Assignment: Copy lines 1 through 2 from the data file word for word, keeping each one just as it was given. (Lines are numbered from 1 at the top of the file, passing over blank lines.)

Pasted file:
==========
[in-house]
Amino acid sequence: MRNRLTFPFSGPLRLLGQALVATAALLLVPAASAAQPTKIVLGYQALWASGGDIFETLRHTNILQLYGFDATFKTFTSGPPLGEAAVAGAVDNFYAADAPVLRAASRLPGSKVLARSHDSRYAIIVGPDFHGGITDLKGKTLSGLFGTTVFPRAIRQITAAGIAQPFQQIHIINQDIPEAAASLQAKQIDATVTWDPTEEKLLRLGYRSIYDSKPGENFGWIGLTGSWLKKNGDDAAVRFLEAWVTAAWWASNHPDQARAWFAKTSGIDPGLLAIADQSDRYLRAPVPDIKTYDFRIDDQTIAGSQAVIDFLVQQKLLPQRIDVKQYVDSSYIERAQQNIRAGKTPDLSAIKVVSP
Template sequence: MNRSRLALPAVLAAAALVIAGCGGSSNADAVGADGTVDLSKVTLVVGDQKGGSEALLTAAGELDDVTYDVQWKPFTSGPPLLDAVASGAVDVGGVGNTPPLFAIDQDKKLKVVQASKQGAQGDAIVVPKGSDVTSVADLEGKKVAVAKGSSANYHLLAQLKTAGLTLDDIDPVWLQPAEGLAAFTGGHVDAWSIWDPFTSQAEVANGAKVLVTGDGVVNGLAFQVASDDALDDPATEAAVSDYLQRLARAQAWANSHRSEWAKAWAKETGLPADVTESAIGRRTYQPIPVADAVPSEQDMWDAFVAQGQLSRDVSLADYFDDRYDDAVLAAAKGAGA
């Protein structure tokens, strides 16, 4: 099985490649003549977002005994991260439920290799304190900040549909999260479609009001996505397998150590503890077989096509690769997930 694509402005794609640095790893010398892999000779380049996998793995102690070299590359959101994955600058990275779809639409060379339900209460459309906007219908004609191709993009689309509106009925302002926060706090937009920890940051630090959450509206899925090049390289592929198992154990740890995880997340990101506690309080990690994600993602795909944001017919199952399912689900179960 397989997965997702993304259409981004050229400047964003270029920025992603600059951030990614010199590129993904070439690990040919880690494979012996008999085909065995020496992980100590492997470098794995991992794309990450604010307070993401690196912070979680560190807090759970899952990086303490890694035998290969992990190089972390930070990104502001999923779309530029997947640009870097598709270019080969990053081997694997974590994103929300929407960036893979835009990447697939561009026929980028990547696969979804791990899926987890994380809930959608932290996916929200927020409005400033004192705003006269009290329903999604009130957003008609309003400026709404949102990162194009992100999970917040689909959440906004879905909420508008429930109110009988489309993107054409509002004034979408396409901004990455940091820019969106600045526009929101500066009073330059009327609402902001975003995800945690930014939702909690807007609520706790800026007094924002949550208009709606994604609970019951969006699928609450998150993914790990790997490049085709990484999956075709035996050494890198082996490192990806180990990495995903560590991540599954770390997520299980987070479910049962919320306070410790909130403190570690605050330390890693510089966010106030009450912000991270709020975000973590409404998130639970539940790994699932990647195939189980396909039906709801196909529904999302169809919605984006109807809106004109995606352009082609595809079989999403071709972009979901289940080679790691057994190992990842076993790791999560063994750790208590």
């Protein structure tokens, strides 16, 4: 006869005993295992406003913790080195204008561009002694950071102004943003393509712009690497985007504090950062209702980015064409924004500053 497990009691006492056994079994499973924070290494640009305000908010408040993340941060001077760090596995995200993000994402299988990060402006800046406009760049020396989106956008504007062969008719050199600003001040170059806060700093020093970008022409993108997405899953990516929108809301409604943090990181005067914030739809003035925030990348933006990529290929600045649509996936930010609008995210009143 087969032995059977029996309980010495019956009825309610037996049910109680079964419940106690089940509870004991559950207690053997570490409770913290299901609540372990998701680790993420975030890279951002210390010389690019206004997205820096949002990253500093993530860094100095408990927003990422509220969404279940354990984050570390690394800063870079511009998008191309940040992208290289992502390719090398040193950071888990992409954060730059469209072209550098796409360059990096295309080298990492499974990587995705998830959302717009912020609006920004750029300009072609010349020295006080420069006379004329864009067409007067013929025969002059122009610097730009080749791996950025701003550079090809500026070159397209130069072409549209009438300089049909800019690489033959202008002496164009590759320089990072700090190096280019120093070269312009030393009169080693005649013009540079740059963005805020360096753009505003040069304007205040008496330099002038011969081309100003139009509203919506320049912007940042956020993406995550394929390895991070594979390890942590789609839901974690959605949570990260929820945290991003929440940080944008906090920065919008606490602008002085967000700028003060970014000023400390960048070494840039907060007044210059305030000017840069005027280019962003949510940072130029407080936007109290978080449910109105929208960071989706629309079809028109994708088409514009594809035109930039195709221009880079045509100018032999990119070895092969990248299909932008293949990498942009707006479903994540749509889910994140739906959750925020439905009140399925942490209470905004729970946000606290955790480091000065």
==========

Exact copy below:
[in-house]
Amino acid sequence: MRNRLTFPFSGPLRLLGQALVATAALLLVPAASAAQPTKIVLGYQALWASGGDIFETLRHTNILQLYGFDATFKTFTSGPPLGEAAVAGAVDNFYAADAPVLRAASRLPGSKVLARSHDSRYAIIVGPDFHGGITDLKGKTLSGLFGTTVFPRAIRQITAAGIAQPFQQIHIINQDIPEAAASLQAKQIDATVTWDPTEEKLLRLGYRSIYDSKPGENFGWIGLTGSWLKKNGDDAAVRFLEAWVTAAWWASNHPDQARAWFAKTSGIDPGLLAIADQSDRYLRAPVPDIKTYDFRIDDQTIAGSQAVIDFLVQQKLLPQRIDVKQYVDSSYIERAQQNIRAGKTPDLSAIKVVSP